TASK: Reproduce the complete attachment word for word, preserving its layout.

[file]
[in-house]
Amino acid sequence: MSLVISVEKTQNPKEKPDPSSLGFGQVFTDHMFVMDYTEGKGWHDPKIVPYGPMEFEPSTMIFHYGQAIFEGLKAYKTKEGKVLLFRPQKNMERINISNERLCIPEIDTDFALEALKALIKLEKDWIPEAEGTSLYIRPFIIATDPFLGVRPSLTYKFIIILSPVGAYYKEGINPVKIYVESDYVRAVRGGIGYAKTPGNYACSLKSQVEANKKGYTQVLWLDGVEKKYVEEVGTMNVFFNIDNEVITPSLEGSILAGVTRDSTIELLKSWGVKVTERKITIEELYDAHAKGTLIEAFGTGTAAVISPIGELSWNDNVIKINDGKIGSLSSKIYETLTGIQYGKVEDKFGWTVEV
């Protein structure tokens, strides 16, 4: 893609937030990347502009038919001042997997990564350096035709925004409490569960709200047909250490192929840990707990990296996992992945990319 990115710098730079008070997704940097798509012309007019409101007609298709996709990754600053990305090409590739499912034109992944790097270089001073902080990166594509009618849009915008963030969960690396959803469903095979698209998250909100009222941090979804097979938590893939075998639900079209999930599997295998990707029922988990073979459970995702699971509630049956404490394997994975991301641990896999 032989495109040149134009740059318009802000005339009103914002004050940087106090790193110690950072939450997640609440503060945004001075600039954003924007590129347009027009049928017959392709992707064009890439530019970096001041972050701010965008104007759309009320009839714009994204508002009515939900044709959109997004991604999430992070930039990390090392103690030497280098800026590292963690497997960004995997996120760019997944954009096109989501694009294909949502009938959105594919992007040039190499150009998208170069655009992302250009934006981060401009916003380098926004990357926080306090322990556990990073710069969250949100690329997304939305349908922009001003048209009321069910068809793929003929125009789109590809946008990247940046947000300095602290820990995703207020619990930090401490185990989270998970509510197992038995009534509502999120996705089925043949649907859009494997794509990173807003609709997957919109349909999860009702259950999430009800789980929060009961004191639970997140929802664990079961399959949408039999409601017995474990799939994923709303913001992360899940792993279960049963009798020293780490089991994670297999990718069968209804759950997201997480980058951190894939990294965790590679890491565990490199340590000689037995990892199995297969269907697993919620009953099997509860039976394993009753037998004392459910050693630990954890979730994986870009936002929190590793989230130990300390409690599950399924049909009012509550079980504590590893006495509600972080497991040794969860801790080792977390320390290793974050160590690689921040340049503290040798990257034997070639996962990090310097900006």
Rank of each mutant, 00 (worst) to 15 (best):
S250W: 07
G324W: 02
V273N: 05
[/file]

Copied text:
[in-house]
Amino acid sequence: MSLVISVEKTQNPKEKPDPSSLGFGQVFTDHMFVMDYTEGKGWHDPKIVPYGPMEFEPSTMIFHYGQAIFEGLKAYKTKEGKVLLFRPQKNMERINISNERLCIPEIDTDFALEALKALIKLEKDWIPEAEGTSLYIRPFIIATDPFLGVRPSLTYKFIIILSPVGAYYKEGINPVKIYVESDYVRAVRGGIGYAKTPGNYACSLKSQVEANKKGYTQVLWLDGVEKKYVEEVGTMNVFFNIDNEVITPSLEGSILAGVTRDSTIELLKSWGVKVTERKITIEELYDAHAKGTLIEAFGTGTAAVISPIGELSWNDNVIKINDGKIGSLSSKIYETLTGIQYGKVEDKFGWTVEV
């Protein structure tokens, strides 16, 4: 893609937030990347502009038919001042997997990564350096035709925004409490569960709200047909250490192929840990707990990296996992992945990319 990115710098730079008070997704940097798509012309007019409101007609298709996709990754600053990305090409590739499912034109992944790097270089001073902080990166594509009618849009915008963030969960690396959803469903095979698209998250909100009222941090979804097979938590893939075998639900079209999930599997295998990707029922988990073979459970995702699971509630049956404490394997994975991301641990896999 032989495109040149134009740059318009802000005339009103914002004050940087106090790193110690950072939450997640609440503060945004001075600039954003924007590129347009027009049928017959392709992707064009890439530019970096001041972050701010965008104007759309009320009839714009994204508002009515939900044709959109997004991604999430992070930039990390090392103690030497280098800026590292963690497997960004995997996120760019997944954009096109989501694009294909949502009938959105594919992007040039190499150009998208170069655009992302250009934006981060401009916003380098926004990357926080306090322990556990990073710069969250949100690329997304939305349908922009001003048209009321069910068809793929003929125009789109590809946008990247940046947000300095602290820990995703207020619990930090401490185990989270998970509510197992038995009534509502999120996705089925043949649907859009494997794509990173807003609709997957919109349909999860009702259950999430009800789980929060009961004191639970997140929802664990079961399959949408039999409601017995474990799939994923709303913001992360899940792993279960049963009798020293780490089991994670297999990718069968209804759950997201997480980058951190894939990294965790590679890491565990490199340590000689037995990892199995297969269907697993919620009953099997509860039976394993009753037998004392459910050693630990954890979730994986870009936002929190590793989230130990300390409690599950399924049909009012509550079980504590590893006495509600972080497991040794969860801790080792977390320390290793974050160590690689921040340049503290040798990257034997070639996962990090310097900006």
Rank of each mutant, 00 (worst) to 15 (best):
S250W: 07
G324W: 02
V273N: 05